How might ZNF804A variants influence risk for schizophrenia and bipolar disorder? A literature review, synthesis, and bioinformatic analysis
Article first published online: 4 OCT 2013
© 2013 Wiley Periodicals, Inc.
American Journal of Medical Genetics Part B: Neuropsychiatric Genetics
Volume 165, Issue 1, pages 28–40, January 2014
How to Cite
2013. How Might ZNF804A Variants Influence Risk for Schizophrenia and Bipolar Disorder? A Literature Review, Synthesis, and Bioinformatic Analysis. Am J Med Genet Part B 165B:28–40., .
- Issue published online: 13 DEC 2013
- Article first published online: 4 OCT 2013
- Manuscript Accepted: 12 SEP 2013
- Manuscript Received: 13 MAY 2013
- Gerber Foundation
- Sidney R. Baer, Jr., Foundation
- NARSAD: The Brain and Behavior Research Foundation
- U.S. National Institutes of Health
- alternative splicing;
- bipolar disorder;
- genome-wide association scan;
- Kraepelinian dichotomy;
- zinc-finger protein;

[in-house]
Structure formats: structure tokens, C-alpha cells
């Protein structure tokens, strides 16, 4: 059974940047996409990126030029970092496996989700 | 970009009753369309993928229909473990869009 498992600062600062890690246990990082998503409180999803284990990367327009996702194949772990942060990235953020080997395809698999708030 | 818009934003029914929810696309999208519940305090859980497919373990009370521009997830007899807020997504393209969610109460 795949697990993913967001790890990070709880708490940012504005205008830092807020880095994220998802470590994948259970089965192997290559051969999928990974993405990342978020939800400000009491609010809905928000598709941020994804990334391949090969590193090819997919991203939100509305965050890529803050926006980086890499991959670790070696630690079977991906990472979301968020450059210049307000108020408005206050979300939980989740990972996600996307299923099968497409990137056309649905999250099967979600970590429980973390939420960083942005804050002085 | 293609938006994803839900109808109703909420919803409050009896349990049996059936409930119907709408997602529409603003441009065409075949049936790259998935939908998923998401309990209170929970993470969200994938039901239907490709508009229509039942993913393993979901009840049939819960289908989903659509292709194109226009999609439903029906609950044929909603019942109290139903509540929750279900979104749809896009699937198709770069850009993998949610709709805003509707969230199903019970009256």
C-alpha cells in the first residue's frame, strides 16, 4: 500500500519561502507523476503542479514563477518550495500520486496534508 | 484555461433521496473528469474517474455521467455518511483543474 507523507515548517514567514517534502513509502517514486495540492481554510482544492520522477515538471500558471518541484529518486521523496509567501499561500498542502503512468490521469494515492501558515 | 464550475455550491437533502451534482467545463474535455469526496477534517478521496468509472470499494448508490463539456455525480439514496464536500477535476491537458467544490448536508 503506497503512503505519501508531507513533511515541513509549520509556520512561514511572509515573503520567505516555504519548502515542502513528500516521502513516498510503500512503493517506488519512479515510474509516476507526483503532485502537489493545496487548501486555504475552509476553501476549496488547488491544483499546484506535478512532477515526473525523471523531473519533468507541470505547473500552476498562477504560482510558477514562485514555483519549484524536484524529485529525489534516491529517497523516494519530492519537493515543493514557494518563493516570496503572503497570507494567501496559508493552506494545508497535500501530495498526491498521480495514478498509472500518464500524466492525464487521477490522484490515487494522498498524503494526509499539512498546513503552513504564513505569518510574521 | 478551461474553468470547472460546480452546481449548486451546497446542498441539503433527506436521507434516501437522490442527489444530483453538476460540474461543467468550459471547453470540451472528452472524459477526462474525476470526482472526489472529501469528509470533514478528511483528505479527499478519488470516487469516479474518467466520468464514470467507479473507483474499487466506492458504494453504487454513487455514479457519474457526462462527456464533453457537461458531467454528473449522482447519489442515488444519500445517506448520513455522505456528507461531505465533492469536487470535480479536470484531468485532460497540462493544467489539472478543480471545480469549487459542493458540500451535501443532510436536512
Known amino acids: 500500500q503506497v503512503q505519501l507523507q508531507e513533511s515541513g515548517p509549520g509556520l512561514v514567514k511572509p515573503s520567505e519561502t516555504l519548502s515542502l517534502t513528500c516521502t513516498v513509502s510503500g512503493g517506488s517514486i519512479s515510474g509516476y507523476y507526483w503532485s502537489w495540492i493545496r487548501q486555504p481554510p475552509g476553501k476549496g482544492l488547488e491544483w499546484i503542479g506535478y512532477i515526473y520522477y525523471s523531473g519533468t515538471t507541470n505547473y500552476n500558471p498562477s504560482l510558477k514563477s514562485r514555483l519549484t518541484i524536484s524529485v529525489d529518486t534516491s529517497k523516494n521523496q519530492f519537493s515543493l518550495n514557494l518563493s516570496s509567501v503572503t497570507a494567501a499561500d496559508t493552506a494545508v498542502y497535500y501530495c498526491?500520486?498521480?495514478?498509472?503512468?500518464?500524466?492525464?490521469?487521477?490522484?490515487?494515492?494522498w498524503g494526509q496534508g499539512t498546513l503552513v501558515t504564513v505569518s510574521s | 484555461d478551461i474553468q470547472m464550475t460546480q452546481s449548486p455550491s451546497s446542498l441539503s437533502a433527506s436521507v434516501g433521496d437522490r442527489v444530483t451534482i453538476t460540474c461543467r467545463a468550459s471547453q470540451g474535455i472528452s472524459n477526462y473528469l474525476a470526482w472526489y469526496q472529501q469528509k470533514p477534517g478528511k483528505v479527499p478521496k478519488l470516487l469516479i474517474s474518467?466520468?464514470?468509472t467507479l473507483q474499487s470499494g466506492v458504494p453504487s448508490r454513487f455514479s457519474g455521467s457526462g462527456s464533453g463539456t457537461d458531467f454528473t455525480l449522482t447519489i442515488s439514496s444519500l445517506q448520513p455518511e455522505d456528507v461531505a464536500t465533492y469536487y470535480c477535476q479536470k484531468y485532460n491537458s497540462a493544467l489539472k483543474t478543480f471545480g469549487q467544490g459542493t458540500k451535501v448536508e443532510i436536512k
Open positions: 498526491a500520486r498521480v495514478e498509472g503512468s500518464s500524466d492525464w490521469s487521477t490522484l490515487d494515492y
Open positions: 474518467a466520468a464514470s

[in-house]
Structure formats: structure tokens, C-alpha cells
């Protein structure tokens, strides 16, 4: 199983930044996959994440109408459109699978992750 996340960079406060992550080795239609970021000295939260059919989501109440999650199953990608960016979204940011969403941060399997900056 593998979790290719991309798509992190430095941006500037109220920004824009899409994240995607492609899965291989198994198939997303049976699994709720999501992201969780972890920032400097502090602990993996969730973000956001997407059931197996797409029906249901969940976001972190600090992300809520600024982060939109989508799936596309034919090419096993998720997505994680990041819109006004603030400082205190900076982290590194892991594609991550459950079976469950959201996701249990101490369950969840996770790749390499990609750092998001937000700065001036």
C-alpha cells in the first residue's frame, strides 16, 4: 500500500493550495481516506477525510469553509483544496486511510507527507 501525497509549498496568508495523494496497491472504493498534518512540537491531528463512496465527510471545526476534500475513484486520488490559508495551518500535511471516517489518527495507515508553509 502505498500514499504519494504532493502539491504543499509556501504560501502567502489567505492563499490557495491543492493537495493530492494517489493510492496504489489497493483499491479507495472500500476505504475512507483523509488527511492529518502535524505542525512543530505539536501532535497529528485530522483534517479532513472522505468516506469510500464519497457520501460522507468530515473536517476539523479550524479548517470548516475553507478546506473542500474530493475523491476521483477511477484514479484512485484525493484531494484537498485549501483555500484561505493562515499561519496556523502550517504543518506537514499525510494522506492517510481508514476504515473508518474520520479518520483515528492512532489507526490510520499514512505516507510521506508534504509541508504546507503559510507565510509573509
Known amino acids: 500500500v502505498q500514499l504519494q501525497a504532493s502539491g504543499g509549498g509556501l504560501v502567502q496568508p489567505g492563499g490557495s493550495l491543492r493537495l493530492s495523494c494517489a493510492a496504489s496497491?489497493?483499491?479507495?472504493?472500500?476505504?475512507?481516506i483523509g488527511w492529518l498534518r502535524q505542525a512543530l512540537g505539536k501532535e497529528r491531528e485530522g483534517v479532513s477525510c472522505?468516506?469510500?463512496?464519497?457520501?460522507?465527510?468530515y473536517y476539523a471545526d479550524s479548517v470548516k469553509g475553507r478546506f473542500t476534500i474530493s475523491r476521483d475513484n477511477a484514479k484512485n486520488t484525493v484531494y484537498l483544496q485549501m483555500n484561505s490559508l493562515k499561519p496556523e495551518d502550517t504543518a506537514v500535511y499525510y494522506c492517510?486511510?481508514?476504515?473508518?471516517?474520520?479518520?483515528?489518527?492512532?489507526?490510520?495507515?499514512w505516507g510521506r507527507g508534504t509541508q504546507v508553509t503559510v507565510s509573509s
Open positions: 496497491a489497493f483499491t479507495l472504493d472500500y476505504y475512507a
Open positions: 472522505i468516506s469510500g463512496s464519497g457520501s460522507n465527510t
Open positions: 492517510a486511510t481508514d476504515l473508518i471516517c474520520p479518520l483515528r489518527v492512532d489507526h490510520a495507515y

The gene that encodes zinc finger protein 804A (ZNF804A) became a candidate risk gene for schizophrenia (SZ) after surpassing genome-wide significance thresholds in replicated genome-wide association scans and meta-analyses. Much remains unknown about this reported gene expression regulator; however, preliminary work has yielded insights into functional and biological effects of ZNF804A by targeting its regulatory activities in vitro and by characterizing allele-specific interactions with its risk-conferring single nucleotide polymorphisms (SNPs). There is now strong epidemiologic evidence for a role of ZNF804A polymorphisms in both SZ and bipolar disorder (BD); however, functional links between implicated variants and susceptible biological states have not been solidified. Here we briefly review the genetic evidence implicating ZNF804A polymorphisms as genetic risk factors for both SZ and BD, and discuss the potential functional consequences of these variants on the regulation of ZNF804A and its downstream targets. Empirical work and predictive bioinformatic analyses of the alternate alleles of the two most strongly implicated ZNF804A polymorphisms suggest they might alter the affinity of the gene sequence for DNA- and/or RNA-binding proteins, which might in turn alter expression levels of the gene or particular ZNF804A isoforms. Future work should focus on clarifying the critical periods and cofactors regulating these genetic influences on ZNF804A expression, as well as the downstream biological consequences of an imbalance in the expression of ZNF804A and its various mRNA isoforms. © 2013 Wiley Periodicals, Inc.